In another sign that D.C.’s restaurant industry is on the mend, Hook Hall has decided it is time to end its free meal distribution to struggling restaurant workers: Monday is the final day for it.
The beer hall and events space established Hook Hall Helps with the Restaurant Association of Metropolitan Washington early on in the COVID-19 pandemic, and, with donations, has been paying restaurants to prepare prepackaged meals for regular distribution to out-of-work restaurant employees, or those whose hours were drastically cut, and their families.
D.C. restaurants have been fully open for several weeks now, but Hook Hall owner Anna Valero decided to keep the meals program going for a bit longer.
“We very intentionally chose a few weeks after restaurants were fully reopening for us to scale back meal distribution, knowing that when workers are restarting, you have that few weeks’ gap between when you start working and when you get those first paychecks,” Valero said.
The program has not only helped struggling restaurant workers feed themselves and their families, it has also been an additional stream of revenue for restaurants participating.
To date, Hook Hall Helps has distributed about 100,000 free meals, and raised close to $1 million in the last year.
It received some large donations, including $130,000 from Planters Peanuts, and $100,000 from the Rockefeller Fund, but the majority of donations were from individuals.
“I think that’s what has been so powerful about the Hook Hall Helps initiative. It really was a community response, and it really was 80% small dollar donations,” Valero said.
While meal distributions have come to an end, the Hook Hall Helps initiative will continue to serve as a free source of assistance for restaurant workers with existing donations and future ones. That assistance will include making sure workers are brought up to speed on all the changes the pandemic has brought to how they do their jobs, such as new technology.
“You walk into any restaurant or bar now and the first thing you look for is that QR code. Paper menus are now a luxury,” said Valero. “How can we be there to help support workers to best understand all of the new technology so that they can be more focused on that guest interaction and less focused on ‘gosh, how do I get that order in.'”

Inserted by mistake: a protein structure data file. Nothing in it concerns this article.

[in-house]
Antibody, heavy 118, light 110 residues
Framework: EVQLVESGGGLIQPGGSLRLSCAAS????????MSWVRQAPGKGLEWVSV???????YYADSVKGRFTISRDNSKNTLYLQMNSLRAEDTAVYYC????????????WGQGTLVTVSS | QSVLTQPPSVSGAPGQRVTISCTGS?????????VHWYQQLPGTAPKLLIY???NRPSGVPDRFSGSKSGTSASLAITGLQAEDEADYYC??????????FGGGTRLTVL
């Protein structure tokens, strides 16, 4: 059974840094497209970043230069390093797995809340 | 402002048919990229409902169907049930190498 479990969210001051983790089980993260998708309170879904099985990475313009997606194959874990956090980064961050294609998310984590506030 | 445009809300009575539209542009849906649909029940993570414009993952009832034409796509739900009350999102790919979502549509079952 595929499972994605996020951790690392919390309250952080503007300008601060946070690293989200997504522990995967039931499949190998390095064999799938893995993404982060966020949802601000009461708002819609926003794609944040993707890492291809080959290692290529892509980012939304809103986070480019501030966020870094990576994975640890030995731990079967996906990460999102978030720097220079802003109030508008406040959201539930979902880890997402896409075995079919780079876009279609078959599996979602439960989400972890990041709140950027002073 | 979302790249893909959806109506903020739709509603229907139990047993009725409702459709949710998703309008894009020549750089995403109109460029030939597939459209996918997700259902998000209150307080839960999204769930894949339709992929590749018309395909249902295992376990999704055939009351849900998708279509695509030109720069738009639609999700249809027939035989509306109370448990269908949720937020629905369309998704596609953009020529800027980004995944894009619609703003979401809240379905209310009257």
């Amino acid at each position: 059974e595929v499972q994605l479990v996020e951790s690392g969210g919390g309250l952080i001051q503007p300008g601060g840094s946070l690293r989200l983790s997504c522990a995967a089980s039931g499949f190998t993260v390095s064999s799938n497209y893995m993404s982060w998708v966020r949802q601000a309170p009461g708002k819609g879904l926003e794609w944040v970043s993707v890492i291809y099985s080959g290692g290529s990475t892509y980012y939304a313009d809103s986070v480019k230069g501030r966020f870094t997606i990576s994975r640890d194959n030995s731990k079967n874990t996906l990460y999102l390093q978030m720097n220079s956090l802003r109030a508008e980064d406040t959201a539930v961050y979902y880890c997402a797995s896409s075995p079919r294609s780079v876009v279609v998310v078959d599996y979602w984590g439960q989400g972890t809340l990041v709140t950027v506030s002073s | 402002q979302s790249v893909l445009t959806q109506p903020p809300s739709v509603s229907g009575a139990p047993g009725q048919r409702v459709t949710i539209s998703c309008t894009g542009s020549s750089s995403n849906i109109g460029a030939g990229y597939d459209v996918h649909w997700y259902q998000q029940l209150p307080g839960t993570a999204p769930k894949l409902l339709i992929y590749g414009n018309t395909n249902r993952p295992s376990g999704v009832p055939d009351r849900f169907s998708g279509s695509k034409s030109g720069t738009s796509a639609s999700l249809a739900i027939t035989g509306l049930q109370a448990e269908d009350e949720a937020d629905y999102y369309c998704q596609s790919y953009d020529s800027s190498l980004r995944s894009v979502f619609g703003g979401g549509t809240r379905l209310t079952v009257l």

Hook Hall itself, based at 3400 Georgia Avenue NW, was hit just as hard by the pandemic as the rest of D.C.’s hospitality industry. Patrons and events bookings are back, but Valero said reopening is not just like flipping a switch and everything is suddenly back to normal.
She said for her business, and the rest of the D.C. restaurant industry, there is still a long way to go to get back to where business was before the pandemic.
As much as the D.C. restaurant industry has struggled in the last year, it did bring the community together like never before. Valero is hopeful that will be the pandemic’s positive legacy.
“I think it has helped us all realize that getting through COVID was a common denominator, and it helped us all realize that we all have a lot of the same issues, and that we are more the same than we are different, and that there doesn’t have to be this fierce idea of competition,” Valero said.
“Realistically we can all have our niche and we can all collectively make the community and D.C. a stronger place,” she said. “If we can focus on that, and we can focus on how together we can be there to support our workers as we go through this new phase of hospitality drastically changing, we can do that much more efficiently together than if we look at ourselves as islands.”